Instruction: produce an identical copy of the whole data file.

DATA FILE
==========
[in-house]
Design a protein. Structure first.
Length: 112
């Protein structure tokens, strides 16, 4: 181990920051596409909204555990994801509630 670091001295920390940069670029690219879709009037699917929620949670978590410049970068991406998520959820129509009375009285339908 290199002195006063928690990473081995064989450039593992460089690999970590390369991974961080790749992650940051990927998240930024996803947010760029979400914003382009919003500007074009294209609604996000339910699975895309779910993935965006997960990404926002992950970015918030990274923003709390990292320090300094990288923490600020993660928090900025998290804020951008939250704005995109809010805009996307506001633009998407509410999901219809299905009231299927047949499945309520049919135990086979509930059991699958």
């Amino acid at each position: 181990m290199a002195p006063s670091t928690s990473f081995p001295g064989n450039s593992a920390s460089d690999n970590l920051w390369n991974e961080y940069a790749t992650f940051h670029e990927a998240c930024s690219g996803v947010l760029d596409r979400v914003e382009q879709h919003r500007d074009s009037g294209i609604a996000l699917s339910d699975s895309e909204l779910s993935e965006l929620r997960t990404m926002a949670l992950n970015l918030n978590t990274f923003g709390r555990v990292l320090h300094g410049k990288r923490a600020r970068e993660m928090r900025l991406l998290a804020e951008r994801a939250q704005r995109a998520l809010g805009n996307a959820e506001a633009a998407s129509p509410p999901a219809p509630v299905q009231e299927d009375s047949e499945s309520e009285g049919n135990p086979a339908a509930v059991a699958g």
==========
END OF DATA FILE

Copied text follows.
[in-house]
Design a protein. Structure first.
Length: 112
């Protein structure tokens, strides 16, 4: 181990920051596409909204555990994801509630 670091001295920390940069670029690219879709009037699917929620949670978590410049970068991406998520959820129509009375009285339908 290199002195006063928690990473081995064989450039593992460089690999970590390369991974961080790749992650940051990927998240930024996803947010760029979400914003382009919003500007074009294209609604996000339910699975895309779910993935965006997960990404926002992950970015918030990274923003709390990292320090300094990288923490600020993660928090900025998290804020951008939250704005995109809010805009996307506001633009998407509410999901219809299905009231299927047949499945309520049919135990086979509930059991699958």
């Amino acid at each position: 181990m290199a002195p006063s670091t928690s990473f081995p001295g064989n450039s593992a920390s460089d690999n970590l920051w390369n991974e961080y940069a790749t992650f940051h670029e990927a998240c930024s690219g996803v947010l760029d596409r979400v914003e382009q879709h919003r500007d074009s009037g294209i609604a996000l699917s339910d699975s895309e909204l779910s993935e965006l929620r997960t990404m926002a949670l992950n970015l918030n978590t990274f923003g709390r555990v990292l320090h300094g410049k990288r923490a600020r970068e993660m928090r900025l991406l998290a804020e951008r994801a939250q704005r995109a998520l809010g805009n996307a959820e506001a633009a998407s129509p509410p999901a219809p509630v299905q009231e299927d009375s047949e499945s309520e009285g049919n135990p086979a339908a509930v059991a699958g």